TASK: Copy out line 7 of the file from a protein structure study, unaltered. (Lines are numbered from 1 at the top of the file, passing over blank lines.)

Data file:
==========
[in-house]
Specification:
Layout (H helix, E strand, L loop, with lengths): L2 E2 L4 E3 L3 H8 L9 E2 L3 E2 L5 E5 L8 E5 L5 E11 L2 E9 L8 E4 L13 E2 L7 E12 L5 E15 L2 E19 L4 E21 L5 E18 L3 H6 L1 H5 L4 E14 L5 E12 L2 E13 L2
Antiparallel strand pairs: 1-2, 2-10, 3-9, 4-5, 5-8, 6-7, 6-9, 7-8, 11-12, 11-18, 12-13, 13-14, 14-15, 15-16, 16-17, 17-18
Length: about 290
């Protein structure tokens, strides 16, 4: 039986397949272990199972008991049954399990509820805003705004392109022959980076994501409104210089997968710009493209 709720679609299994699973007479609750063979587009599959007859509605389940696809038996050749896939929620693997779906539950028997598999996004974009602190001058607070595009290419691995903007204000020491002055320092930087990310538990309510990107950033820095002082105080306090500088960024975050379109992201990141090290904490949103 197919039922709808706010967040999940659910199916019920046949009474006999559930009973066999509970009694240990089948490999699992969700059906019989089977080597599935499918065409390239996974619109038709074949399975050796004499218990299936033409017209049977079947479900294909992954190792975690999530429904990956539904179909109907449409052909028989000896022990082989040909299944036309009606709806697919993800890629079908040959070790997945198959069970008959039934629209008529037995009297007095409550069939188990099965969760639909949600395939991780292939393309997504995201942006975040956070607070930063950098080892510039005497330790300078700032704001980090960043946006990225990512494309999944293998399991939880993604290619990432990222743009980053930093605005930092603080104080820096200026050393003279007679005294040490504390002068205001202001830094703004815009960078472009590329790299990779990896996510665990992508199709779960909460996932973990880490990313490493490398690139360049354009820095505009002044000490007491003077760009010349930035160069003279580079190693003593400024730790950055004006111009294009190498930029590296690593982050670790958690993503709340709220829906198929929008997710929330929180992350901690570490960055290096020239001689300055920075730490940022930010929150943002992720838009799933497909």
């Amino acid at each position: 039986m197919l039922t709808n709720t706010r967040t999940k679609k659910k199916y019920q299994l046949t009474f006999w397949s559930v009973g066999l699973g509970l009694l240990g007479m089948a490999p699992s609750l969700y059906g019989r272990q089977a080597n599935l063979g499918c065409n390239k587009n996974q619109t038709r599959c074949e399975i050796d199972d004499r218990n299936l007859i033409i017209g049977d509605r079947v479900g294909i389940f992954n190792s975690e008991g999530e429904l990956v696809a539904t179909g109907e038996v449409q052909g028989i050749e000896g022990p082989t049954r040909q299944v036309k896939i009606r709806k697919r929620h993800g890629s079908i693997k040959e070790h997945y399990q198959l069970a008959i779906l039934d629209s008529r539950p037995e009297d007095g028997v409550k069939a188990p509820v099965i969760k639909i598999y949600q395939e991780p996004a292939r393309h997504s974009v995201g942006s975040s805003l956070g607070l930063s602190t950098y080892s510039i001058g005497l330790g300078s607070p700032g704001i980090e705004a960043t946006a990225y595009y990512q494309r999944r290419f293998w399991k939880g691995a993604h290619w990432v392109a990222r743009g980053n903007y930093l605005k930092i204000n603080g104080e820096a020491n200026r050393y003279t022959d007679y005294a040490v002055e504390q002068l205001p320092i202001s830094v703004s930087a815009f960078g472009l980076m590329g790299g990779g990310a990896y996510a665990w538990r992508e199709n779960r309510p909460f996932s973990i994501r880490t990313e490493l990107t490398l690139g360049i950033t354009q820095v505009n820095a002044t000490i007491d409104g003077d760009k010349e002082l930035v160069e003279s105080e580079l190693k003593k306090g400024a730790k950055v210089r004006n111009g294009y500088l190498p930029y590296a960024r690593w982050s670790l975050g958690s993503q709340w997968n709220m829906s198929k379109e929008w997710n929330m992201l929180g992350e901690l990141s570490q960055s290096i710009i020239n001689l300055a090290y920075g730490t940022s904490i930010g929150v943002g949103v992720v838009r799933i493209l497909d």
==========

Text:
């Amino acid at each position: 039986m197919l039922t709808n709720t706010r967040t999940k679609k659910k199916y019920q299994l046949t009474f006999w397949s559930v009973g066999l699973g509970l009694l240990g007479m089948a490999p699992s609750l969700y059906g019989r272990q089977a080597n599935l063979g499918c065409n390239k587009n996974q619109t038709r599959c074949e399975i050796d199972d004499r218990n299936l007859i033409i017209g049977d509605r079947v479900g294909i389940f992954n190792s975690e008991g999530e429904l990956v696809a539904t179909g109907e038996v449409q052909g028989i050749e000896g022990p082989t049954r040909q299944v036309k896939i009606r709806k697919r929620h993800g890629s079908i693997k040959e070790h997945y399990q198959l069970a008959i779906l039934d629209s008529r539950p037995e009297d007095g028997v409550k069939a188990p509820v099965i969760k639909i598999y949600q395939e991780p996004a292939r393309h997504s974009v995201g942006s975040s805003l956070g607070l930063s602190t950098y080892s510039i001058g005497l330790g300078s607070p700032g704001i980090e705004a960043t946006a990225y595009y990512q494309r999944r290419f293998w399991k939880g691995a993604h290619w990432v392109a990222r743009g980053n903007y930093l605005k930092i204000n603080g104080e820096a020491n200026r050393y003279t022959d007679y005294a040490v002055e504390q002068l205001p320092i202001s830094v703004s930087a815009f960078g472009l980076m590329g790299g990779g990310a990896y996510a665990w538990r992508e199709n779960r309510p909460f996932s973990i994501r880490t990313e490493l990107t490398l690139g360049i950033t354009q820095v505009n820095a002044t000490i007491d409104g003077d760009k010349e002082l930035v160069e003279s105080e580079l190693k003593k306090g400024a730790k950055v210089r004006n111009g294009y500088l190498p930029y590296a960024r690593w982050s670790l975050g958690s993503q709340w997968n709220m829906s198929k379109e929008w997710n929330m992201l929180g992350e901690l990141s570490q960055s290096i710009i020239n001689l300055a090290y920075g730490t940022s904490i930010g929150v943002g949103v992720v838009r799933i493209l497909d």